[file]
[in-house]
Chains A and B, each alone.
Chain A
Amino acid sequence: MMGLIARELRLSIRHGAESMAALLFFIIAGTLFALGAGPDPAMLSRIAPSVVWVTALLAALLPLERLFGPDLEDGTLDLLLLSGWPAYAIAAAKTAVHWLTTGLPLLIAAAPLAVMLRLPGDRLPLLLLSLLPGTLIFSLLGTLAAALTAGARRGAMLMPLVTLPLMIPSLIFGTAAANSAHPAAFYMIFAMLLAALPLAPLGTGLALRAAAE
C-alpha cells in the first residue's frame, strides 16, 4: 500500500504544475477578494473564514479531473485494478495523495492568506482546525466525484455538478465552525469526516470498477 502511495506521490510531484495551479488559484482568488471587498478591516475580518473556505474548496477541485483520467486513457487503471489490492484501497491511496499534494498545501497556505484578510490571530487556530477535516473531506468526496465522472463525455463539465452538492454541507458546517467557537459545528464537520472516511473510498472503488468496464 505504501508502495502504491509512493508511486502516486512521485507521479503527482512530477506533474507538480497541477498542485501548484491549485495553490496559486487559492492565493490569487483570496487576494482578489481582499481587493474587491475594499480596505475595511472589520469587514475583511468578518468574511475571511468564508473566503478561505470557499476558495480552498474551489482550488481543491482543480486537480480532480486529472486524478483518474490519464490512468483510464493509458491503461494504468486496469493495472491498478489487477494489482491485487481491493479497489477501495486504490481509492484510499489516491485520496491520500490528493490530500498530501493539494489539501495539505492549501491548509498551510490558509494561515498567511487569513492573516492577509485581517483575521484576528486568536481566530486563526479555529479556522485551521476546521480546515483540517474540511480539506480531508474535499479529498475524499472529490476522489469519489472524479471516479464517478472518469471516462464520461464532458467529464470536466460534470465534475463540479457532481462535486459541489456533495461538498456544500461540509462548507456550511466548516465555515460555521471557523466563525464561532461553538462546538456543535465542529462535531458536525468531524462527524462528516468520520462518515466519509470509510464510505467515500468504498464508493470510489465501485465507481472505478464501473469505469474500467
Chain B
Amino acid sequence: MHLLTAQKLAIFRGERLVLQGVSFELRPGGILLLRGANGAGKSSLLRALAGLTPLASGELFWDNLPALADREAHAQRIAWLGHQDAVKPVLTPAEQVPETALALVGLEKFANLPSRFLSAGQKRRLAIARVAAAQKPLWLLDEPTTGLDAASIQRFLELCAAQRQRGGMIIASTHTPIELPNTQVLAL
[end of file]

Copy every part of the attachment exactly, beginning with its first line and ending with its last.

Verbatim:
[in-house]
Chains A and B, each alone.
Chain A
Amino acid sequence: MMGLIARELRLSIRHGAESMAALLFFIIAGTLFALGAGPDPAMLSRIAPSVVWVTALLAALLPLERLFGPDLEDGTLDLLLLSGWPAYAIAAAKTAVHWLTTGLPLLIAAAPLAVMLRLPGDRLPLLLLSLLPGTLIFSLLGTLAAALTAGARRGAMLMPLVTLPLMIPSLIFGTAAANSAHPAAFYMIFAMLLAALPLAPLGTGLALRAAAE
C-alpha cells in the first residue's frame, strides 16, 4: 500500500504544475477578494473564514479531473485494478495523495492568506482546525466525484455538478465552525469526516470498477 502511495506521490510531484495551479488559484482568488471587498478591516475580518473556505474548496477541485483520467486513457487503471489490492484501497491511496499534494498545501497556505484578510490571530487556530477535516473531506468526496465522472463525455463539465452538492454541507458546517467557537459545528464537520472516511473510498472503488468496464 505504501508502495502504491509512493508511486502516486512521485507521479503527482512530477506533474507538480497541477498542485501548484491549485495553490496559486487559492492565493490569487483570496487576494482578489481582499481587493474587491475594499480596505475595511472589520469587514475583511468578518468574511475571511468564508473566503478561505470557499476558495480552498474551489482550488481543491482543480486537480480532480486529472486524478483518474490519464490512468483510464493509458491503461494504468486496469493495472491498478489487477494489482491485487481491493479497489477501495486504490481509492484510499489516491485520496491520500490528493490530500498530501493539494489539501495539505492549501491548509498551510490558509494561515498567511487569513492573516492577509485581517483575521484576528486568536481566530486563526479555529479556522485551521476546521480546515483540517474540511480539506480531508474535499479529498475524499472529490476522489469519489472524479471516479464517478472518469471516462464520461464532458467529464470536466460534470465534475463540479457532481462535486459541489456533495461538498456544500461540509462548507456550511466548516465555515460555521471557523466563525464561532461553538462546538456543535465542529462535531458536525468531524462527524462528516468520520462518515466519509470509510464510505467515500468504498464508493470510489465501485465507481472505478464501473469505469474500467
Chain B
Amino acid sequence: MHLLTAQKLAIFRGERLVLQGVSFELRPGGILLLRGANGAGKSSLLRALAGLTPLASGELFWDNLPALADREAHAQRIAWLGHQDAVKPVLTPAEQVPETALALVGLEKFANLPSRFLSAGQKRRLAIARVAAAQKPLWLLDEPTTGLDAASIQRFLELCAAQRQRGGMIIASTHTPIELPNTQVLAL